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Dissertation/Thesis Abstract

The Fetishization of Firearms in African-American Folklore and Culture
by Summerville, Raymond Melton Javon, Ph.D., University of Missouri - Columbia, 2016, 239; 11012974
Abstract (Summary)

The following work analyzes the fetishization of firearms across a number of different mediums including, the corporeal world, African-American folklore, film, and music. The overarching theme is that firearms are sometimes fetishized, meaning that they are sometimes used as ways of negotiating various aspects of identity. It examines a number of ways that guns are used across the aforementioned mediums that fall outside of their utilitarian uses. The majority of the evidence suggest that a significant amount of symbolic power is attached to guns regardless of the medium. Guns are used to signify different aspects of identity (i.e. gender, sex, and ethnicity) and they are also used to negotiate interpersonal relationships. Furthermore, the fetishization of firearms in the physical world mirrors ways that guns are fetishized in other representational realms such as music, folklore, and film. The representational magnitude of guns indicate that they are often fetishized for real purposes including to navigate violent and often unpredictable environments.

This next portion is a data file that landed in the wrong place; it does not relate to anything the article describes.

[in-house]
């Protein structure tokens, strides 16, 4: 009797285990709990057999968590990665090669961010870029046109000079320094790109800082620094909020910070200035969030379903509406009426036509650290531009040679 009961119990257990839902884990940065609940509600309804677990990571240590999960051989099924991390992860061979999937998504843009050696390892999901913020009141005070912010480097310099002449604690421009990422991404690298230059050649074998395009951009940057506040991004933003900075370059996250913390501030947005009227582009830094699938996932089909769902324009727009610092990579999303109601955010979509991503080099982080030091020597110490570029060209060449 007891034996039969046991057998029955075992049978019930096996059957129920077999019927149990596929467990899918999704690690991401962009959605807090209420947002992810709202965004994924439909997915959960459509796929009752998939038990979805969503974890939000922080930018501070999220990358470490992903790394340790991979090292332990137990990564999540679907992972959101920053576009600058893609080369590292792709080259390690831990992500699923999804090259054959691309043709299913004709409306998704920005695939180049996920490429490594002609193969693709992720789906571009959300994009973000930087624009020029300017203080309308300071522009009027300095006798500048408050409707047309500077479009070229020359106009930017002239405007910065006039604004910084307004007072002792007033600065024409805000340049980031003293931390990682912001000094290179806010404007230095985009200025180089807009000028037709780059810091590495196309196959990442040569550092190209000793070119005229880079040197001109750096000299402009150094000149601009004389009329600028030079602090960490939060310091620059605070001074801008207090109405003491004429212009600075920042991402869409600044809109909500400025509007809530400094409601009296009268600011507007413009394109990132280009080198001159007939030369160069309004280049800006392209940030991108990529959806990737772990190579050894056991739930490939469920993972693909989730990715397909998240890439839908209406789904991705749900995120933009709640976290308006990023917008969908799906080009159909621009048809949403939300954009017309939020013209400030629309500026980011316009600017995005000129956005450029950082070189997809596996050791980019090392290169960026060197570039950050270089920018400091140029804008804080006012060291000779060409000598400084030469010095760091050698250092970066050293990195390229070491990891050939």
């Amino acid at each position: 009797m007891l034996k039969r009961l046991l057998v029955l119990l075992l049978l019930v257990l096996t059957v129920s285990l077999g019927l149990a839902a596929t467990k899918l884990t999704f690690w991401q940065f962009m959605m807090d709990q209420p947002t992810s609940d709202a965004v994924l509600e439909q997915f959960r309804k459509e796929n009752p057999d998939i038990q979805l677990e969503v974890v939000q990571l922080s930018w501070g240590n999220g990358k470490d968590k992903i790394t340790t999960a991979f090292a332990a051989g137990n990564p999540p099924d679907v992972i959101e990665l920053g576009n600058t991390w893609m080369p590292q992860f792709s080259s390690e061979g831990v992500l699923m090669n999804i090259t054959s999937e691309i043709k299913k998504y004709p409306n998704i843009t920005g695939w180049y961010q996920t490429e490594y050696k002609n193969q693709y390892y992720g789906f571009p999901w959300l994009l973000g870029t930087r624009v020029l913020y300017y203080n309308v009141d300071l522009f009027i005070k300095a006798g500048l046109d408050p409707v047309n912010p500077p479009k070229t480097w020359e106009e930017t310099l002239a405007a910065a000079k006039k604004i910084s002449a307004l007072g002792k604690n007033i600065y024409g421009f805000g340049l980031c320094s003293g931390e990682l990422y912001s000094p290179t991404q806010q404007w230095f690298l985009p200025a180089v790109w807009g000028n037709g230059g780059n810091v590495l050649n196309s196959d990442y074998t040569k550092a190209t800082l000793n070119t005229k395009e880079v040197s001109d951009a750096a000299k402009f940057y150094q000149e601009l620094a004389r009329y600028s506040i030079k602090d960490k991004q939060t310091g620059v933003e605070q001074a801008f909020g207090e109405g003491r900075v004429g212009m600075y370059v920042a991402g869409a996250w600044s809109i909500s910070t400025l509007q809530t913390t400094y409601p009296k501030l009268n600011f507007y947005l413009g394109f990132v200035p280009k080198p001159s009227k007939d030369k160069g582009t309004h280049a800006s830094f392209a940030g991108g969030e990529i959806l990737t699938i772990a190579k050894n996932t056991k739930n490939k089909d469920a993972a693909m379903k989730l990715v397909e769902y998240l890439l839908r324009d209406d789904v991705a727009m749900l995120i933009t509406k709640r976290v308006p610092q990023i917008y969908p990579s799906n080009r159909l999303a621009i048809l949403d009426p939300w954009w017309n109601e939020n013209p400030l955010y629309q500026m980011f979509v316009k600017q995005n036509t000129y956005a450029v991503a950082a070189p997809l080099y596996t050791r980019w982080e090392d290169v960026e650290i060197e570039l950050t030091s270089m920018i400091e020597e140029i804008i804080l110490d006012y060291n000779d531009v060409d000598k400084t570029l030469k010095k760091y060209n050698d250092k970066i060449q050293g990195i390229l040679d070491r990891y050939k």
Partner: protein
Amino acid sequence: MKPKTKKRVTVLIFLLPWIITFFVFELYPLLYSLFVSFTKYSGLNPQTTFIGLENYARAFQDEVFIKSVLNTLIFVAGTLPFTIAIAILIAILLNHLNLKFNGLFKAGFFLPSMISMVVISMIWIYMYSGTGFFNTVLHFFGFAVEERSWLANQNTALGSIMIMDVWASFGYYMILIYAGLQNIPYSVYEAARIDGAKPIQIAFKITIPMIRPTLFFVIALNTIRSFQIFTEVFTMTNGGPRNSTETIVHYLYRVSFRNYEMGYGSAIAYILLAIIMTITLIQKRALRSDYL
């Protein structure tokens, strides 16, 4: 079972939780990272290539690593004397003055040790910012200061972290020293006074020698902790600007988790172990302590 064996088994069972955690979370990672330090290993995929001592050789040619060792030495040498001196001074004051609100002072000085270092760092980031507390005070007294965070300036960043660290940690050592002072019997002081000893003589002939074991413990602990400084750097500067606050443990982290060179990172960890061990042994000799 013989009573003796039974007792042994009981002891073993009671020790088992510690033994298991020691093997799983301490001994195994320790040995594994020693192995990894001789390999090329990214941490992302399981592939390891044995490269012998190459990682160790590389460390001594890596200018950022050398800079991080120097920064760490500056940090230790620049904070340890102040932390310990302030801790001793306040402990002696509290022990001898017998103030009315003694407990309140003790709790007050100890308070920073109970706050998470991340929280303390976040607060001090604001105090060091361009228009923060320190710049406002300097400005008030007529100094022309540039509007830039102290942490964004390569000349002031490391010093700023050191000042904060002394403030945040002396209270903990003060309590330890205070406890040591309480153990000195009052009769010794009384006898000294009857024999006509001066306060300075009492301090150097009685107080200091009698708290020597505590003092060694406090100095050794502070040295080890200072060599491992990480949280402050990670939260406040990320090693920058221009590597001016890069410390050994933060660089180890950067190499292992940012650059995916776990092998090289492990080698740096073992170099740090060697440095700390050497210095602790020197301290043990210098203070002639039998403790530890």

Indexing (document details)
Advisor: Prahlad, Anand
Commitee: Callahan, Richard, Hearne, Joanna, Piper, Karen, Prahlad, Anand
School: University of Missouri - Columbia
Department: English
School Location: United States -- Missouri
Source: DAI-A 80/04(E), Dissertation Abstracts International
Subjects: African American Studies, Black studies, Film studies
Keywords: Blues music, Fetish theory, Firearms, Folklore, Guns, Hip-hop
Publication Number: 11012974
ISBN: 978-0-438-66607-8
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